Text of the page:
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dc.contributor.authorSADURSKI, Wojciech
dc.date.accessioned2006-12-06T08:26:49Z
dc.date.available2006-12-06T08:26:49Z
dc.date.issued2006
dc.identifier.issn1725-6739
dc.identifier.urihttp://hdl.handle.net/1814/6391
dc.description.abstractThe language of common European constitutional identity is distinguishable from that of common European constitutional traditions in that the former does not focus so centrally on the past, and is independent of the legal doctrinal language of the EU law. When discussing constitutional identity, there are, in particular, the following four questions which deserve to be addressed: (1) What are we doing when we are “constructing” the European constitutional identity; what are the features of the interpretation leading to such a construction? (2) What values/ideals/principles are a part of our constitutional identity? (3) How does European constitutional identity relate to the specific constitutional identities of European nation-states? (4) What is the relationship between the discourse about political integration within the EU and the existence of European CI, as separate from, and paramount to, identities of member states? On that last issue it is submitted that there is no simple connection between ascertaining the dominant identity at a particular level and the implications for the division of authority between the European and national levels within the EU.en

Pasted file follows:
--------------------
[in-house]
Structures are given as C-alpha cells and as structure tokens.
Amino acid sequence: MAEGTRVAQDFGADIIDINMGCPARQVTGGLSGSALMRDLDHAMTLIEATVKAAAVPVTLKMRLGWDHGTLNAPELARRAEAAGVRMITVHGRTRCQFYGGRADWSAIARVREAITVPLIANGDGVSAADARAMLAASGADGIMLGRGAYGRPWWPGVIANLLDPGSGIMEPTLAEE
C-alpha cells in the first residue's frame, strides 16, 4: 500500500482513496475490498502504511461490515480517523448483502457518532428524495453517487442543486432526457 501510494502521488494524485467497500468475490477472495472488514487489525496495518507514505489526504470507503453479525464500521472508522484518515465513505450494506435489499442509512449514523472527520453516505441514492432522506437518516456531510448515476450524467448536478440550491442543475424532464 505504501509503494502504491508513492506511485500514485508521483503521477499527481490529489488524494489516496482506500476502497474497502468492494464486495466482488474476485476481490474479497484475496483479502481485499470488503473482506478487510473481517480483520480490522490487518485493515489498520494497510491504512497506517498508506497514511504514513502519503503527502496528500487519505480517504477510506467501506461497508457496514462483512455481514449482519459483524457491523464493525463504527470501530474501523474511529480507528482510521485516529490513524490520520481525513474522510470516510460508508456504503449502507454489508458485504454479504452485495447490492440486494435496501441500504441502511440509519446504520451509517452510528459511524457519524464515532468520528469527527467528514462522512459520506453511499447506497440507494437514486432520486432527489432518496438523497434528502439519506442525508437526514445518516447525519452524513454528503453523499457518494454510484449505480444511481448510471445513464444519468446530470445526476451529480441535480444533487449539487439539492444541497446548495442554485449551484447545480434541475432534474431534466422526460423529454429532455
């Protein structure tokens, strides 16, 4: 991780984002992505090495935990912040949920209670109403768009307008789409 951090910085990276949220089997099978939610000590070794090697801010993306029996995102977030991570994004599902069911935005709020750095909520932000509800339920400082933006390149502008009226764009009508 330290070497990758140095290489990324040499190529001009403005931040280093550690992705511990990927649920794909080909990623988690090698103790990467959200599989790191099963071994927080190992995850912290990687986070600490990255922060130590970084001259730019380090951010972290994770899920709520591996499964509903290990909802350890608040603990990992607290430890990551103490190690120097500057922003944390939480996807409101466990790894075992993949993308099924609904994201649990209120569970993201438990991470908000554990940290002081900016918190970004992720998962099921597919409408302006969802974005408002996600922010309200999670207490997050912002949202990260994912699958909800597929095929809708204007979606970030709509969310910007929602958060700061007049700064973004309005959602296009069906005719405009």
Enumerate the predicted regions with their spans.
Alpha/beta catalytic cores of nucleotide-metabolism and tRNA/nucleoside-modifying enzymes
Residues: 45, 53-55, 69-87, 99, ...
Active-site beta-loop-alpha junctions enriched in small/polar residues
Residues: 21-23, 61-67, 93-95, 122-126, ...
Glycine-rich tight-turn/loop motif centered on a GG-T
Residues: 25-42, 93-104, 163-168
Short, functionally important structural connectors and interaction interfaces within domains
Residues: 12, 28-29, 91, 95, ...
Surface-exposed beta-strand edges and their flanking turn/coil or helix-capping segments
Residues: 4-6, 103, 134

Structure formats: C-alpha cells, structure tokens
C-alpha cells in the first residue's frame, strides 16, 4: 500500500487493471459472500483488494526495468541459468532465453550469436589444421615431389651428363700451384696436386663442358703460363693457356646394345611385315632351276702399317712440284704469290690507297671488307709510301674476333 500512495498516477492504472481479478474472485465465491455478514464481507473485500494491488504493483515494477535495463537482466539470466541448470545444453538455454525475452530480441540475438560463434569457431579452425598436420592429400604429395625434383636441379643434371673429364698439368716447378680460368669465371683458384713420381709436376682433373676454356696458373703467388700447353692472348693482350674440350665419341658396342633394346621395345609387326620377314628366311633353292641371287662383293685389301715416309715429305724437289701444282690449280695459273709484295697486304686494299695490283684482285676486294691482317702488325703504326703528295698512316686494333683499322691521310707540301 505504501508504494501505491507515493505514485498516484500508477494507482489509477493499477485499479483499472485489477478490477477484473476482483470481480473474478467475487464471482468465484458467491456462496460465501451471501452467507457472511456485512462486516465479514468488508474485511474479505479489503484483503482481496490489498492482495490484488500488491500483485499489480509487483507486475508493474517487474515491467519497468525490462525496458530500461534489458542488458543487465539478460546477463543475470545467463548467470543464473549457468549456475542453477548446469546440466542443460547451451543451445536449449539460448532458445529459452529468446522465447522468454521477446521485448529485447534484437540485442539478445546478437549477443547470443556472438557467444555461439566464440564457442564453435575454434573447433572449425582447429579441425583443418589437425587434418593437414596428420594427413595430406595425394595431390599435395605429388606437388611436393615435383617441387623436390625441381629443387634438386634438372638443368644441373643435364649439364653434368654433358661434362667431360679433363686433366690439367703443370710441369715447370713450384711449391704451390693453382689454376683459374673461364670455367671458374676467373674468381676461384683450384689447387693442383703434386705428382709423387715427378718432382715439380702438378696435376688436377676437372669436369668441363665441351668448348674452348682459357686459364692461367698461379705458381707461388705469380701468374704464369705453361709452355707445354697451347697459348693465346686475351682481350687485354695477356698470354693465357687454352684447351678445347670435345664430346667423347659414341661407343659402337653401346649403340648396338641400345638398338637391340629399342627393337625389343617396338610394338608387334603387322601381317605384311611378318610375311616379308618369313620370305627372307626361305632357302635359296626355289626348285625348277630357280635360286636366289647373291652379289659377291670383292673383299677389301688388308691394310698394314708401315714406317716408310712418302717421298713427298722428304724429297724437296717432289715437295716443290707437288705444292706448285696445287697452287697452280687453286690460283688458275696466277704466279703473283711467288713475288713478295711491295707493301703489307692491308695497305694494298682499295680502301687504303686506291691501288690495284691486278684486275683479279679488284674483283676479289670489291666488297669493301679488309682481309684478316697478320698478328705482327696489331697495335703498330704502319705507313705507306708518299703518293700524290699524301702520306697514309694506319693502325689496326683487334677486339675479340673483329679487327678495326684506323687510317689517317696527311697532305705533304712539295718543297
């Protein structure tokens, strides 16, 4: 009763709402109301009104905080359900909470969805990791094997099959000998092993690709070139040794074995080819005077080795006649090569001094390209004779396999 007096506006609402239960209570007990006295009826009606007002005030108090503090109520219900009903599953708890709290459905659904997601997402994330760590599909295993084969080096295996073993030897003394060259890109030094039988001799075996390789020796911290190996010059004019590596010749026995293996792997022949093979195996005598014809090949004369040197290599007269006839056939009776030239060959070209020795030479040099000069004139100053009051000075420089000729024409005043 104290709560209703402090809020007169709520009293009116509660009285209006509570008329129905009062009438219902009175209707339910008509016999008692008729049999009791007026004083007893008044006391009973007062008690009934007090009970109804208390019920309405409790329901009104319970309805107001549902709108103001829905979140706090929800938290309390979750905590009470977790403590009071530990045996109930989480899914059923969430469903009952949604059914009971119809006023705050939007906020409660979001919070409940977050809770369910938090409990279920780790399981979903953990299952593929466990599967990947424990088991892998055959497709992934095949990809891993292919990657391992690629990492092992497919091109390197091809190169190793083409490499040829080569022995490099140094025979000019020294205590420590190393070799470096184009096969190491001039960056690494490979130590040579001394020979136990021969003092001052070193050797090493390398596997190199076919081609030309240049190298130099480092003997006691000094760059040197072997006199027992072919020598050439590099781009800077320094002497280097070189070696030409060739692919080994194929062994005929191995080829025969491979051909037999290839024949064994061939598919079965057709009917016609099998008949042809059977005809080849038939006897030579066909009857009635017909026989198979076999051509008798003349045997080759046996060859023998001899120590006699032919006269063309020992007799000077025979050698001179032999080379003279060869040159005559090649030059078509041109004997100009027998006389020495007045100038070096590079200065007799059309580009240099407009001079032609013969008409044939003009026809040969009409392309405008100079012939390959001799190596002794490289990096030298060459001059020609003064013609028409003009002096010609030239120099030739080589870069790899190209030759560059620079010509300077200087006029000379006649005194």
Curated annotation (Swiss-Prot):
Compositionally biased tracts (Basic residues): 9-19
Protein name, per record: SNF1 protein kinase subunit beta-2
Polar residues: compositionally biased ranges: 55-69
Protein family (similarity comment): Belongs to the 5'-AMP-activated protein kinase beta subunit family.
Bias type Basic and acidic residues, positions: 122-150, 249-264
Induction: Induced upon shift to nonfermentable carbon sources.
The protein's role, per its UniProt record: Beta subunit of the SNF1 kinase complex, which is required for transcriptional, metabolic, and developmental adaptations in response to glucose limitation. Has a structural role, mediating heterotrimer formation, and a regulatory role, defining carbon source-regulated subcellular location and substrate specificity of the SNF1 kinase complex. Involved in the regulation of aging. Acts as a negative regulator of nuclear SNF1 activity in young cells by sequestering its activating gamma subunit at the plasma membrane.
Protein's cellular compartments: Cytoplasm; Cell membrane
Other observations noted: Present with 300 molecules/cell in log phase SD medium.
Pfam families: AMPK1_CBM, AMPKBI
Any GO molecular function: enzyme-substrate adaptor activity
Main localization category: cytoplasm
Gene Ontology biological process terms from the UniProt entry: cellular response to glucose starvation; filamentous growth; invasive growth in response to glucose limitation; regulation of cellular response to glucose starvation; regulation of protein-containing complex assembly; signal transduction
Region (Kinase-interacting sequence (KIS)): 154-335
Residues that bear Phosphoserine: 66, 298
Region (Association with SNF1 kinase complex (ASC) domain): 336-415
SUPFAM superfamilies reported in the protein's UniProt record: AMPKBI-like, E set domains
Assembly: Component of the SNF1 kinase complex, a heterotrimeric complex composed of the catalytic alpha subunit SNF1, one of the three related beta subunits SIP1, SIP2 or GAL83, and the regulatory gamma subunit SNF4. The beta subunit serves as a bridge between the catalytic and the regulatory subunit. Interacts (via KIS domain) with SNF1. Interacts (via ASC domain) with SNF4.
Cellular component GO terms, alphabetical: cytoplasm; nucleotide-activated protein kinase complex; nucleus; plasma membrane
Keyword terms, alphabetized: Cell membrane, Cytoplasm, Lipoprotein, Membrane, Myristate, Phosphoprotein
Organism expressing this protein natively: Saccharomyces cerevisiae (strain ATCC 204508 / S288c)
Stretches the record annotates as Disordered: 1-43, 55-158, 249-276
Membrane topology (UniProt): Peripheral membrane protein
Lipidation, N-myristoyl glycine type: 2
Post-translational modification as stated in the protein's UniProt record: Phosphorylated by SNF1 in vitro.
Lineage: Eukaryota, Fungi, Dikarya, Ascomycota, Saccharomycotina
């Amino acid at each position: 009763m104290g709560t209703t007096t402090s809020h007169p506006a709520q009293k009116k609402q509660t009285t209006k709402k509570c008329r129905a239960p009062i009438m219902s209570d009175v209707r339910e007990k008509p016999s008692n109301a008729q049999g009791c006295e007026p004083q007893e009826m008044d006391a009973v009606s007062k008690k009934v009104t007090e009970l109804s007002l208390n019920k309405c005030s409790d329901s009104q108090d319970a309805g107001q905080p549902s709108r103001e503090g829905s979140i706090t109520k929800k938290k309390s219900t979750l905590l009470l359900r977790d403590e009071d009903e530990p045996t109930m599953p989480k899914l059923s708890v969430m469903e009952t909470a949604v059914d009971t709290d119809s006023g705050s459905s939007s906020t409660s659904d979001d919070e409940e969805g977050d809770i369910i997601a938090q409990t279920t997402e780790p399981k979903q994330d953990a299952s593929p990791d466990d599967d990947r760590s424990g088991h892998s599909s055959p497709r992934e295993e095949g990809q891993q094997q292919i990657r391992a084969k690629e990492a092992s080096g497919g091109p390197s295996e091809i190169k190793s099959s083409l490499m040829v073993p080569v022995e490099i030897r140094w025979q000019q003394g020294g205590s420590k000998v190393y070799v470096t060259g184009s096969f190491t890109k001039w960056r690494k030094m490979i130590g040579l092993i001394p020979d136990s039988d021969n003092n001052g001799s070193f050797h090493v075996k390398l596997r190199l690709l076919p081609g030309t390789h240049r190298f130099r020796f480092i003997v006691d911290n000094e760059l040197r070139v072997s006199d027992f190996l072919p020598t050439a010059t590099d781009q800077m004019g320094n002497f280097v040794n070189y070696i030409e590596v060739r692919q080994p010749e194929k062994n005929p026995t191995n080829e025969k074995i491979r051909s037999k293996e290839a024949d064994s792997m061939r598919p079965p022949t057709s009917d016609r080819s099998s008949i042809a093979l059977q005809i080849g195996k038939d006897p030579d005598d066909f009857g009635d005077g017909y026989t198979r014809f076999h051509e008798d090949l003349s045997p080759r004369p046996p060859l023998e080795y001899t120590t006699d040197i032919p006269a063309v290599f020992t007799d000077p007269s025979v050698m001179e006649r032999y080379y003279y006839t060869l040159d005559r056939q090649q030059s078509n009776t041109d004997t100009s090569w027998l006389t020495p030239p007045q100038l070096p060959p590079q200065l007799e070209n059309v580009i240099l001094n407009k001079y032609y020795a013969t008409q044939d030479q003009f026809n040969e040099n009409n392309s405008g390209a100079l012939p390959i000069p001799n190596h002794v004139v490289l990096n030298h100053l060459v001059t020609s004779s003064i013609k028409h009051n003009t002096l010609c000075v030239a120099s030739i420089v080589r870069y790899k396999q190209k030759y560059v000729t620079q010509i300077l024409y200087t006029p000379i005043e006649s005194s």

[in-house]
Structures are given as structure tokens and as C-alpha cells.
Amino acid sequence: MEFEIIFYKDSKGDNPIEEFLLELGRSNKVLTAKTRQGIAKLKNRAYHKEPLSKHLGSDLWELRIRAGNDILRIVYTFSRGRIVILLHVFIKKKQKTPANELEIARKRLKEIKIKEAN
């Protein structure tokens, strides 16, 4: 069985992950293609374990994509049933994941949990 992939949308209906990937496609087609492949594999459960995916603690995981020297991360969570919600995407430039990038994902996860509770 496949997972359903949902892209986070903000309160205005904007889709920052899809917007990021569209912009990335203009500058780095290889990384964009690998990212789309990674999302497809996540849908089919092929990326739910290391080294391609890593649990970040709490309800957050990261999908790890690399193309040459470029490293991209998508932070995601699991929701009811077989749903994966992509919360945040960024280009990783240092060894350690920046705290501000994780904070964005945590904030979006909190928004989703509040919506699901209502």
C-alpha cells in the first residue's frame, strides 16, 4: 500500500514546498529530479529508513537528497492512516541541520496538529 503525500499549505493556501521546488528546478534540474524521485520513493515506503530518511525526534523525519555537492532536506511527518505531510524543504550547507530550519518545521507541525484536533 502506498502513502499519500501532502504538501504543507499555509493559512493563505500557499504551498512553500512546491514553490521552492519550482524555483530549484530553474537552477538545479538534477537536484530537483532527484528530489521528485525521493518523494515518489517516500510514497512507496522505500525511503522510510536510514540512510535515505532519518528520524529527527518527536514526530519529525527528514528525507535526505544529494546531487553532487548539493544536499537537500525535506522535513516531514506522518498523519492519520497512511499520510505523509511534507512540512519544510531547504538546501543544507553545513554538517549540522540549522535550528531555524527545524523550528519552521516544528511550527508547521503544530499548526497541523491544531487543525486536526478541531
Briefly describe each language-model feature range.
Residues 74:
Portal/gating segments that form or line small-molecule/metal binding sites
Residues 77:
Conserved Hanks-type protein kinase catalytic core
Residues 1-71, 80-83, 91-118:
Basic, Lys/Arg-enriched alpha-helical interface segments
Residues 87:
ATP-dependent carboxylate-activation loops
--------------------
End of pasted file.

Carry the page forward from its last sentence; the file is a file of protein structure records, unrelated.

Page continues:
dc.format.extent192185 bytes
dc.format.mimetypeapplication/pdf
dc.language.isoenen
dc.publisherEuropean University Institute
dc.relation.ispartofseriesEUI LAWen
dc.relation.ispartofseries2006/33en
dc.rightsinfo:eu-repo/semantics/openAccess
dc.subjectEuropean identityen
dc.subjectdemocracyen
dc.subjectminoritiesen
dc.subjecthuman rightsen
dc.subjectconstitutionalismen
dc.titleEuropean Constitutional Identity?en
dc.typeWorking Paperen
eui.subscribe.skiptrue


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